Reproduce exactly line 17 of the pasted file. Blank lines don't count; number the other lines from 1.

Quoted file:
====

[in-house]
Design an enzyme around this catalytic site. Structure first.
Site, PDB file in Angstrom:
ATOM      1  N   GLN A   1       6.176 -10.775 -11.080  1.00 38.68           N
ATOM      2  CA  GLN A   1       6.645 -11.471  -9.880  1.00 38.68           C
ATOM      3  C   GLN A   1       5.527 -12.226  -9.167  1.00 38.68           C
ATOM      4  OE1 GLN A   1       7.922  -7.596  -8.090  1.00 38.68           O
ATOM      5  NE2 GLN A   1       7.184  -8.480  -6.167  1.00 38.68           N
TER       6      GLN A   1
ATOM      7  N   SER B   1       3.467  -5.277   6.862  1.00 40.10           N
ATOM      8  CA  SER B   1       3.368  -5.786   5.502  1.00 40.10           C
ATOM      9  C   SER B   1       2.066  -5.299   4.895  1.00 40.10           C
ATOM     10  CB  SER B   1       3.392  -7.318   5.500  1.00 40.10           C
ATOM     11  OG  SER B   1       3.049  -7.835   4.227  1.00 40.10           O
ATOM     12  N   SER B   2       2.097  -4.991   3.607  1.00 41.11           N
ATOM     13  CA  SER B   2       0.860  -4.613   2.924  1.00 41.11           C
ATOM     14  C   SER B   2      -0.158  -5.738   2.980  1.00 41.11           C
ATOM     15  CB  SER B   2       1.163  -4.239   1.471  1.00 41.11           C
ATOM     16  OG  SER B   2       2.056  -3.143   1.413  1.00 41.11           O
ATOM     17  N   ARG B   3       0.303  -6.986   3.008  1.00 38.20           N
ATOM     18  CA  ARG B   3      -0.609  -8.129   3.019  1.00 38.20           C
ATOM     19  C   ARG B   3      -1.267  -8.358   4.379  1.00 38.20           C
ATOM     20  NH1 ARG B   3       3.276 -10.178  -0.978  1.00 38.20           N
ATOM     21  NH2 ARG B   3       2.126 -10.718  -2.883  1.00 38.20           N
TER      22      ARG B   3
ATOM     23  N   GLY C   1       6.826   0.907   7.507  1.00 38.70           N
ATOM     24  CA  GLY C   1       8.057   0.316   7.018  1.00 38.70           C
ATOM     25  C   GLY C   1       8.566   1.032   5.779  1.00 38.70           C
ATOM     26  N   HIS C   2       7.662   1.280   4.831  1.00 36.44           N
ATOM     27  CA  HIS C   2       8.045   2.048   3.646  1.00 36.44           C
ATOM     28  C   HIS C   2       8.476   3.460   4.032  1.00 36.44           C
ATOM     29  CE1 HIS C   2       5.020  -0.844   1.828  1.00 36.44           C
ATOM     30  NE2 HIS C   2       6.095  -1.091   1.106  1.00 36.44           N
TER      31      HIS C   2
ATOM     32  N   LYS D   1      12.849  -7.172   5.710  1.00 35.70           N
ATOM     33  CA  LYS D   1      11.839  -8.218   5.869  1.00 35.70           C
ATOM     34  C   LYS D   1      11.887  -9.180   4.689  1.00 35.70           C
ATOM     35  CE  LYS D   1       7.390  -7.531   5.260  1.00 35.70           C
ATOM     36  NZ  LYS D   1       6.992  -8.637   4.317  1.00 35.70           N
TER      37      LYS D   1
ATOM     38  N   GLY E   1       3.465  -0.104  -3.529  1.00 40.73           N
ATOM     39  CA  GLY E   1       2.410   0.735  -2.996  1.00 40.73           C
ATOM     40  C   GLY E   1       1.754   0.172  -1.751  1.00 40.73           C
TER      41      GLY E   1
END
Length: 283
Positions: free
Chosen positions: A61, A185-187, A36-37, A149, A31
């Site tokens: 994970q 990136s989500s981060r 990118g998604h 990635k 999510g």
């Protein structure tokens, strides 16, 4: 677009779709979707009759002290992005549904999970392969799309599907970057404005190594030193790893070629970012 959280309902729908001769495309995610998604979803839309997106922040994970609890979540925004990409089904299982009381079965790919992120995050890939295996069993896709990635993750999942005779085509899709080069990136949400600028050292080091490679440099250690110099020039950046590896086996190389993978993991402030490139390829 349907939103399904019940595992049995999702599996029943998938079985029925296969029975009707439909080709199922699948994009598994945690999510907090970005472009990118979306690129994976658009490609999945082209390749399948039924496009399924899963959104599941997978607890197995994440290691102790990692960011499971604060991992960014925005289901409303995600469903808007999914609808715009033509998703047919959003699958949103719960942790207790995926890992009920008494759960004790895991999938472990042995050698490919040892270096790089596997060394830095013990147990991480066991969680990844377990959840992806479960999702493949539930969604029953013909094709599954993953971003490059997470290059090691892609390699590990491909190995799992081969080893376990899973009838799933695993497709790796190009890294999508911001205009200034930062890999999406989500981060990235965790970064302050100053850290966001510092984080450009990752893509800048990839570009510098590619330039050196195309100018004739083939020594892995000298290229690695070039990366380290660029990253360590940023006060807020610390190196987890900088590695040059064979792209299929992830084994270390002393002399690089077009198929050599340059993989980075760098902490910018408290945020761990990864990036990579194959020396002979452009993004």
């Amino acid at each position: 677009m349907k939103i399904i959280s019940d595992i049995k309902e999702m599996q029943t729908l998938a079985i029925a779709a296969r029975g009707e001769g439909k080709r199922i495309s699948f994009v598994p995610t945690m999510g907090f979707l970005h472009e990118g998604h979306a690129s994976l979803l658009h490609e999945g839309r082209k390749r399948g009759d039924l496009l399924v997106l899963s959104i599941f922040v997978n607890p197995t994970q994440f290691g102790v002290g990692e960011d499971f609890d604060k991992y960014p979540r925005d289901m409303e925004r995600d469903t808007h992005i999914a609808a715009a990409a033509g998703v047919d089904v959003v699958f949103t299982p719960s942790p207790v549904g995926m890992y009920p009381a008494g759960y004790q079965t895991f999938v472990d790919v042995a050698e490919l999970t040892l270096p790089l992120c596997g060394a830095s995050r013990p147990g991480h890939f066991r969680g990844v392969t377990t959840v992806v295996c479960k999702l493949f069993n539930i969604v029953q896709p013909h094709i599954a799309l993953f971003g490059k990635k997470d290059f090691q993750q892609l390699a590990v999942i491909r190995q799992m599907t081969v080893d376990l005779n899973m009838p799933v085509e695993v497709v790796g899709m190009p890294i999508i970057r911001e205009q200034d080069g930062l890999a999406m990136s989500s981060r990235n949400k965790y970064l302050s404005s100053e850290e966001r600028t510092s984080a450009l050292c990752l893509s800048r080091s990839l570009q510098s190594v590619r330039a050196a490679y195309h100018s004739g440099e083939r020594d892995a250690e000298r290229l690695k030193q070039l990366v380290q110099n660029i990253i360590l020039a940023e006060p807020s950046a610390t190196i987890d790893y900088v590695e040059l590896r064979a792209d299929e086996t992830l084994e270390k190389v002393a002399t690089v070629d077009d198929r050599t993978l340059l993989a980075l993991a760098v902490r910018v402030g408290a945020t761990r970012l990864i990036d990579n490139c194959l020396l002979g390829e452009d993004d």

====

ATOM     14  C   SER B   2      -0.158  -5.738   2.980  1.00 41.11           C